Freddie Gaither Jr. named MLK award recipient

Convicted felon believes in second chances
Jan. 14, 2013 @ 08:17 PM

Martin Luther King Jr. once said a person only needs a heart full of grace in order to serve, "a soul generated by love."
By finding love in serving others, Freddie Gaither Jr., a convicted felon who four years ago knew he needed to change, now holds an award dedicated to Dr. King and his belief in second chances. Gaither received one of the 2013 MLK Community Service Award from the MLK Social Action Committee for creating a ministry that feeds hundreds of homeless people across the Chair City every month.  Vickie McKiver also received the award.
"It blew my mind to know that someone can see the change in me," Gaither, 45, said. "When I sit back and look at my life and everything I've done, with the negative side, and now seeing that someone has seen a change in me and thinks I'm worthy of receiving a great honor like that, makes me feel real good to be able to share what I've been through."
In 2008, while sitting in jail looking back on a life littered with crime and addiction, Gaither decided the time had come to forge a new path. Equipped with skills learned through a prison vocational rehabilitation program, Gaither returned to Thomasville a year later determined to make a difference, not only for himself but others. With the help of Minerval Jenkins, Gaither opened Being My Brother's Keeper, a ministry that serves a free monthly meal at the Strickland Center. As someone who was homeless himself, Gaither understands how difficult it can be for someone trying to pick up the pieces and get back on their feet. 
"This award means a lot to me because of what Dr. King stood for — equality for all men," said Gaither. "I'm just tickled to death to receive an honor in his name. I have love for people where I didn't have love before. There are a lot of people who knew me from back in the day who come up and say ‘thank you for what you're doing.’ It makes me feel good."
For Jenkins, believing in the man in front of her mattered more than Gaither's history.
"I knew nothing of his past," Jenkins said. "He told me he wanted to help feed the homeless and I was very impressed with his concern for the community. I just know him as the man I see him as now. He's committed, serious and he continues to work toward his goal. Everybody needs someone to believe in them."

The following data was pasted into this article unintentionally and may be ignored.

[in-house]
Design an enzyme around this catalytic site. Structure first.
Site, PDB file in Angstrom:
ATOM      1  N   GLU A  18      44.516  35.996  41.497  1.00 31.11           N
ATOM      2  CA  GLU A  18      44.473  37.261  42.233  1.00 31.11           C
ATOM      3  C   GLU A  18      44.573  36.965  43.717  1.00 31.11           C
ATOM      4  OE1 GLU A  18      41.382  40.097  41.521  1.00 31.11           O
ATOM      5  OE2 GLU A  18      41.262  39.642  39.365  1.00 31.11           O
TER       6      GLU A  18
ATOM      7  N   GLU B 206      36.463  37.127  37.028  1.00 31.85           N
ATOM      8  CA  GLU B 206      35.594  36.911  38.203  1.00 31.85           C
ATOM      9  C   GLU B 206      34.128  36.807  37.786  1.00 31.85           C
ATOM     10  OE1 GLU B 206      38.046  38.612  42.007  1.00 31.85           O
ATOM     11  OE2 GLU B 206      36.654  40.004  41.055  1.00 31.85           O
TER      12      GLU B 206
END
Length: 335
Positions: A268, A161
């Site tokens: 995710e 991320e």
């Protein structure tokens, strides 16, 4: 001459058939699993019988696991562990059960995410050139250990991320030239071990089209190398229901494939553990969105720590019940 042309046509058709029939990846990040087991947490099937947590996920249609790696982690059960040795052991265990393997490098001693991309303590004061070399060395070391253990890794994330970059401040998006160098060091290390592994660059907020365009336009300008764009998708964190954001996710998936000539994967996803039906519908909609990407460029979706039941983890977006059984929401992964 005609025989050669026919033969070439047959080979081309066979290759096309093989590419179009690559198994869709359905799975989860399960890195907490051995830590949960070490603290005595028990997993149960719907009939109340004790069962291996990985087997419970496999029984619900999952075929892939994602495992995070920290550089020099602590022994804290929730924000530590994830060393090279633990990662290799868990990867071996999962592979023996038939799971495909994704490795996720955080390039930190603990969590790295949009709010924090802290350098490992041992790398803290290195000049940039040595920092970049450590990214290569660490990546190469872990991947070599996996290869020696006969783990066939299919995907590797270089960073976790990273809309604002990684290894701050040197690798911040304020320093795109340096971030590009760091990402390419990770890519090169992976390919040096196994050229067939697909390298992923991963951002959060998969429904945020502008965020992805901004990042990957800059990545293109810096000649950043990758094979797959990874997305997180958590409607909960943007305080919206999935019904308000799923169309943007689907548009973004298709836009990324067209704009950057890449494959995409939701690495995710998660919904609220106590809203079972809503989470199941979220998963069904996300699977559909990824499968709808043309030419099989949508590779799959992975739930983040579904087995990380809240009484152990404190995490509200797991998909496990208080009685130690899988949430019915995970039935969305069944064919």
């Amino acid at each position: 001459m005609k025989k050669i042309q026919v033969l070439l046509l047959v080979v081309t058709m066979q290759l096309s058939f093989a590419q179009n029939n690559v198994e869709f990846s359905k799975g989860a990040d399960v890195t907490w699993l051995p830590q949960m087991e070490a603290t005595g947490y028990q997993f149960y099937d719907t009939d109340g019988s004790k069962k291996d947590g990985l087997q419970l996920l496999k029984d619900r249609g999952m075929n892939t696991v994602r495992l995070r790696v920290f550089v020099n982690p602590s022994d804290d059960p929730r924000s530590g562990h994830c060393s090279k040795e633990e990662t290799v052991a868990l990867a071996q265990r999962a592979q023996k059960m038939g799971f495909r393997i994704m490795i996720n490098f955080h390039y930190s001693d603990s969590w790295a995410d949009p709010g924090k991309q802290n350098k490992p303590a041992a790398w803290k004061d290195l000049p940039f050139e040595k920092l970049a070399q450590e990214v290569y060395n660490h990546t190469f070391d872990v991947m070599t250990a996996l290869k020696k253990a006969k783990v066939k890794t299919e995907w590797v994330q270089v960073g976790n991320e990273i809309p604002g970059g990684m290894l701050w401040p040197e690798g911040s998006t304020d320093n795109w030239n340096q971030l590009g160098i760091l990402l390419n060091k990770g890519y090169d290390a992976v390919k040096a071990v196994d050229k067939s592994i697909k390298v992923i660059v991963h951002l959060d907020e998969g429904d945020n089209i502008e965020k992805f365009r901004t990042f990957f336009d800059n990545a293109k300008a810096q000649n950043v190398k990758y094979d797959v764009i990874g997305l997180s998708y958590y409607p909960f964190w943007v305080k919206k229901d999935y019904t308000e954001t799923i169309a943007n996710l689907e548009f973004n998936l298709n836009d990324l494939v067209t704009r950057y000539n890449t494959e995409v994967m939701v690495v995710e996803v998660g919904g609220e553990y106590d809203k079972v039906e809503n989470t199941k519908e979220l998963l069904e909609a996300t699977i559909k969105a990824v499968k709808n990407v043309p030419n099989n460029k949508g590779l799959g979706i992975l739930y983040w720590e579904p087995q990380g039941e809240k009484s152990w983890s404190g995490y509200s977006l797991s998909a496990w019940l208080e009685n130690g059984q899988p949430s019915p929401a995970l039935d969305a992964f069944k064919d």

As a convicted felon, Gaither struggles to find a steady job. Last June, he lost his job when the business was sold, yet he continues his efforts at the ministry.
"It set me back, but I know God is going to open some doors for me," said Gaither. "I know I have to do a lot of work in the process. I just thank God for the people he has put into my life, who see the vision I have. It plays a major part with me and my ministry."
Moving forward, Gaither's goal is to open a homeless shelter in Thomasville. Gaither lived in a homeless shelter in Minnesota and looks back on the experience as a stepping stone on his road to recovery.
"I was out of state and I didn't have nothing," Gaither said. "The shelter was a place I could go and sleep and eat. It helped me while I was there to get on my feet. I want that for others because I know what it's like."
Gaither also wants to reach out to Thomasville's young people. Gaither graduated from Thomasville High School in 1986 where he lettered in three sports only to enter a world he wasn't ready for. He feels if young men and women would simply listen more they could learn from other's mistakes and avoid the same life pitfalls that led him to alcohol addiction and committing crimes.
"I did a lot of crazy stuff growing up," said Gaither. "I did a lot of prison time. I felt I had to go through something to put me where I needed to be. If I had listened a long time ago I wouldn't have had to go through what I went through. There's not a lot for the teens do and it's hurting us. It's easy to feel like no one cares about you. We need to change that."
Gaither's heart finally is generated by love. The troubled young man who ran with the wrong crowd now is a humble servant of his community. When Dr. King spoke of second chances more than four decades ago, his words were directed at men like Freddie Gaither Jr.    

Staff Writer Eliot Duke can be reached at 888-3578, or